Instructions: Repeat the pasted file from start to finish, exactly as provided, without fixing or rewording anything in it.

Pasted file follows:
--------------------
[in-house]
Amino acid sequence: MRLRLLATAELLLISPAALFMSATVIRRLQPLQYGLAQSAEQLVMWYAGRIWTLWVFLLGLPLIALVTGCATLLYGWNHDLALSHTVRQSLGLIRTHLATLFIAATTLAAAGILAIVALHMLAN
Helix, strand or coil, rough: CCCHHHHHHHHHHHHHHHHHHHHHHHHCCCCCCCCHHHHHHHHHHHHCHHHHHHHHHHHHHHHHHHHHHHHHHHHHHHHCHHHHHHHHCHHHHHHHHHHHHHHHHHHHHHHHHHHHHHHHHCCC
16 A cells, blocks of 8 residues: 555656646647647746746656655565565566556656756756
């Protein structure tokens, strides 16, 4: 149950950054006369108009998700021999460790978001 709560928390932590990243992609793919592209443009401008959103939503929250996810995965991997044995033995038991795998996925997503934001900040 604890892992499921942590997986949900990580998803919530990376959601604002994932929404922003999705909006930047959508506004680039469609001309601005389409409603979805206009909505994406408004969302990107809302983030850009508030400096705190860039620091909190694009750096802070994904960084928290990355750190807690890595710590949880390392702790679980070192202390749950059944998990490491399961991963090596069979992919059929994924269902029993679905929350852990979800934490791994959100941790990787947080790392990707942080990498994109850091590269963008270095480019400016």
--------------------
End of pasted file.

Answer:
[in-house]
Amino acid sequence: MRLRLLATAELLLISPAALFMSATVIRRLQPLQYGLAQSAEQLVMWYAGRIWTLWVFLLGLPLIALVTGCATLLYGWNHDLALSHTVRQSLGLIRTHLATLFIAATTLAAAGILAIVALHMLAN
Helix, strand or coil, rough: CCCHHHHHHHHHHHHHHHHHHHHHHHHCCCCCCCCHHHHHHHHHHHHCHHHHHHHHHHHHHHHHHHHHHHHHHHHHHHHCHHHHHHHHCHHHHHHHHHHHHHHHHHHHHHHHHHHHHHHHHCCC
16 A cells, blocks of 8 residues: 555656646647647746746656655565565566556656756756
């Protein structure tokens, strides 16, 4: 149950950054006369108009998700021999460790978001 709560928390932590990243992609793919592209443009401008959103939503929250996810995965991997044995033995038991795998996925997503934001900040 604890892992499921942590997986949900990580998803919530990376959601604002994932929404922003999705909006930047959508506004680039469609001309601005389409409603979805206009909505994406408004969302990107809302983030850009508030400096705190860039620091909190694009750096802070994904960084928290990355750190807690890595710590949880390392702790679980070192202390749950059944998990490491399961991963090596069979992919059929994924269902029993679905929350852990979800934490791994959100941790990787947080790392990707942080990498994109850091590269963008270095480019400016």